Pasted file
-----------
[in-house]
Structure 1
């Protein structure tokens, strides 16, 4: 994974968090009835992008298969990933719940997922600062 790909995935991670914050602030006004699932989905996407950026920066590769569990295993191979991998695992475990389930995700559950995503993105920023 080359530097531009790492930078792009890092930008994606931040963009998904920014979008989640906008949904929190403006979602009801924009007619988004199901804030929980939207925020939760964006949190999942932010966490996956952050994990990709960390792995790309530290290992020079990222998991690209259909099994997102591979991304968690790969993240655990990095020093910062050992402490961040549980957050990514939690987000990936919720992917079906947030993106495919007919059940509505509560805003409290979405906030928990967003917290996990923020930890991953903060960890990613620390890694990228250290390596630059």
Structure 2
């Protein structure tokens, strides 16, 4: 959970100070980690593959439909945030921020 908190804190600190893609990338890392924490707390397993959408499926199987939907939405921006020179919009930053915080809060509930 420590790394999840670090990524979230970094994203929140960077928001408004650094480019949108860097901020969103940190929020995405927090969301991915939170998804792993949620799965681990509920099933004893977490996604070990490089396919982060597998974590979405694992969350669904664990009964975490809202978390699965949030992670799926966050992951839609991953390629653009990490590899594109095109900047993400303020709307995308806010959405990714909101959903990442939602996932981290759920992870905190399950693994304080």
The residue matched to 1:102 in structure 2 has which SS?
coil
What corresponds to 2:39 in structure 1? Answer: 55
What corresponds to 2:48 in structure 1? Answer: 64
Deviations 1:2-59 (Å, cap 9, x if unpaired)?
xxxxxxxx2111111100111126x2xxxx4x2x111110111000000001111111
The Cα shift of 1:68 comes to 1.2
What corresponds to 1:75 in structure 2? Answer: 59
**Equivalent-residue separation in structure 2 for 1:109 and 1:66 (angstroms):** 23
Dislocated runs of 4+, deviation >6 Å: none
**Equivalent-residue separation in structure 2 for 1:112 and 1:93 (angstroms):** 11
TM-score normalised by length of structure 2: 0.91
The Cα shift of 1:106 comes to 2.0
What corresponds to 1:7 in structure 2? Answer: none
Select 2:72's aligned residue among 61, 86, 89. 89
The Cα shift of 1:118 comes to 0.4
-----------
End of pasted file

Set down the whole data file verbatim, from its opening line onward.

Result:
[in-house]
Structure 1
């Protein structure tokens, strides 16, 4: 994974968090009835992008298969990933719940997922600062 790909995935991670914050602030006004699932989905996407950026920066590769569990295993191979991998695992475990389930995700559950995503993105920023 080359530097531009790492930078792009890092930008994606931040963009998904920014979008989640906008949904929190403006979602009801924009007619988004199901804030929980939207925020939760964006949190999942932010966490996956952050994990990709960390792995790309530290290992020079990222998991690209259909099994997102591979991304968690790969993240655990990095020093910062050992402490961040549980957050990514939690987000990936919720992917079906947030993106495919007919059940509505509560805003409290979405906030928990967003917290996990923020930890991953903060960890990613620390890694990228250290390596630059």
Structure 2
């Protein structure tokens, strides 16, 4: 959970100070980690593959439909945030921020 908190804190600190893609990338890392924490707390397993959408499926199987939907939405921006020179919009930053915080809060509930 420590790394999840670090990524979230970094994203929140960077928001408004650094480019949108860097901020969103940190929020995405927090969301991915939170998804792993949620799965681990509920099933004893977490996604070990490089396919982060597998974590979405694992969350669904664990009964975490809202978390699965949030992670799926966050992951839609991953390629653009990490590899594109095109900047993400303020709307995308806010959405990714909101959903990442939602996932981290759920992870905190399950693994304080």
The residue matched to 1:102 in structure 2 has which SS?
coil
What corresponds to 2:39 in structure 1? Answer: 55
What corresponds to 2:48 in structure 1? Answer: 64
Deviations 1:2-59 (Å, cap 9, x if unpaired)?
xxxxxxxx2111111100111126x2xxxx4x2x111110111000000001111111
The Cα shift of 1:68 comes to 1.2
What corresponds to 1:75 in structure 2? Answer: 59
**Equivalent-residue separation in structure 2 for 1:109 and 1:66 (angstroms):** 23
Dislocated runs of 4+, deviation >6 Å: none
**Equivalent-residue separation in structure 2 for 1:112 and 1:93 (angstroms):** 11
TM-score normalised by length of structure 2: 0.91
The Cα shift of 1:106 comes to 2.0
What corresponds to 1:7 in structure 2? Answer: none
Select 2:72's aligned residue among 61, 86, 89. 89
The Cα shift of 1:118 comes to 0.4